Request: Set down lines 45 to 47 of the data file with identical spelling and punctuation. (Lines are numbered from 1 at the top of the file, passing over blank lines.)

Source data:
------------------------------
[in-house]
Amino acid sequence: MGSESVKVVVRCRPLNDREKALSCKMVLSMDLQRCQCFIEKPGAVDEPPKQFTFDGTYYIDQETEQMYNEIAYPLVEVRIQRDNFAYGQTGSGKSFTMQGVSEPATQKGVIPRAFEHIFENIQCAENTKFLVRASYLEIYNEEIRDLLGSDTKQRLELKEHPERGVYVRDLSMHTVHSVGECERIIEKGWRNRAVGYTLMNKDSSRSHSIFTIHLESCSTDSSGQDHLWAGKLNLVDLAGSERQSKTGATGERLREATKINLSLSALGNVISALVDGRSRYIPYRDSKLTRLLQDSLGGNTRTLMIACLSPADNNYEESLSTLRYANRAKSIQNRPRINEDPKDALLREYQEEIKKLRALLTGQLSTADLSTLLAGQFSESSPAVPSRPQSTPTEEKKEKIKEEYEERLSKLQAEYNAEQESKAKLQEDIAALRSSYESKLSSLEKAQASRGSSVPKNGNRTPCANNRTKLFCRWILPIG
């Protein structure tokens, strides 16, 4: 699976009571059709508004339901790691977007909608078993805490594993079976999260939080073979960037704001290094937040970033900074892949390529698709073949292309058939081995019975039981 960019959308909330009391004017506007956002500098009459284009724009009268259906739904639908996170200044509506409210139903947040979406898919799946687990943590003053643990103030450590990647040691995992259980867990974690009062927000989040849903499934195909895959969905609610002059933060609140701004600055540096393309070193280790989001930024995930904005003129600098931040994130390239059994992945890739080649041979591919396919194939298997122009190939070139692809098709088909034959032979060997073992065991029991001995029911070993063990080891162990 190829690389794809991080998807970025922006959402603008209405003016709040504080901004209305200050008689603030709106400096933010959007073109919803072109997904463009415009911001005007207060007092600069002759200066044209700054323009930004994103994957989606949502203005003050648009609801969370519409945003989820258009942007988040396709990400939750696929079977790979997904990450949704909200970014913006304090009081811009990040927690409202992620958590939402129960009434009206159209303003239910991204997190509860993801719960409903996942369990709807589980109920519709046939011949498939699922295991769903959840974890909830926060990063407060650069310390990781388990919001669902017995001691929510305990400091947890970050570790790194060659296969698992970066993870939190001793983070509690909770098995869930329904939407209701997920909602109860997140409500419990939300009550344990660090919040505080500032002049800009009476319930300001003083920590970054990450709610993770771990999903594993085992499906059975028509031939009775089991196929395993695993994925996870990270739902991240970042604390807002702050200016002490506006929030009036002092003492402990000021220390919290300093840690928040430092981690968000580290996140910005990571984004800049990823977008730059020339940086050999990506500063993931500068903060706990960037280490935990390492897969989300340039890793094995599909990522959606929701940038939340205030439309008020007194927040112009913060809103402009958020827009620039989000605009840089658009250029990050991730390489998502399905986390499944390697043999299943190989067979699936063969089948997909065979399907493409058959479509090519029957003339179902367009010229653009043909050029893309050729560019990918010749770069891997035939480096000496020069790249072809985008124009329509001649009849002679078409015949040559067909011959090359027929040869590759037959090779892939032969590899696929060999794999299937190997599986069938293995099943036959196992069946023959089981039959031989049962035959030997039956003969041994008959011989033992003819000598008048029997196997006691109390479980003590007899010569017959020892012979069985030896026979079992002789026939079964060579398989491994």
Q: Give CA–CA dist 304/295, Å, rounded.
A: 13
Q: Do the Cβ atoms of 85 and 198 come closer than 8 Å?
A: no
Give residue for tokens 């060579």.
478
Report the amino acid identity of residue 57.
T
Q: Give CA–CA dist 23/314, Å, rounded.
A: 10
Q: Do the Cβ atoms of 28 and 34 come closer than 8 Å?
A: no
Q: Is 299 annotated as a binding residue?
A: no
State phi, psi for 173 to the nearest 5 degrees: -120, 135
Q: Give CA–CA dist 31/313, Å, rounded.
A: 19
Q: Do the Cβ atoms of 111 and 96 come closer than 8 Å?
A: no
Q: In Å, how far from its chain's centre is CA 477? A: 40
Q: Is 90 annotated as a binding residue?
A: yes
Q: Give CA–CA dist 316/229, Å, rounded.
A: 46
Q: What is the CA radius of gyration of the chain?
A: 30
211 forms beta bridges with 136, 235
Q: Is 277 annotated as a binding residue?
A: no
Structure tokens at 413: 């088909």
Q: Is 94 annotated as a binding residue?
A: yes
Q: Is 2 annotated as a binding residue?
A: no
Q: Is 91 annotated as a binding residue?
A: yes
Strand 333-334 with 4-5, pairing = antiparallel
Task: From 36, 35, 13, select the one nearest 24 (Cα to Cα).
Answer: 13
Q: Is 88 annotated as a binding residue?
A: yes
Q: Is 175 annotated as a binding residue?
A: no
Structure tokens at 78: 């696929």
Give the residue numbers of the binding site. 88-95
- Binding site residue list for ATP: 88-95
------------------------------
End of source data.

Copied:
Q: Is 175 annotated as a binding residue?
A: no
Structure tokens at 78: 């696929």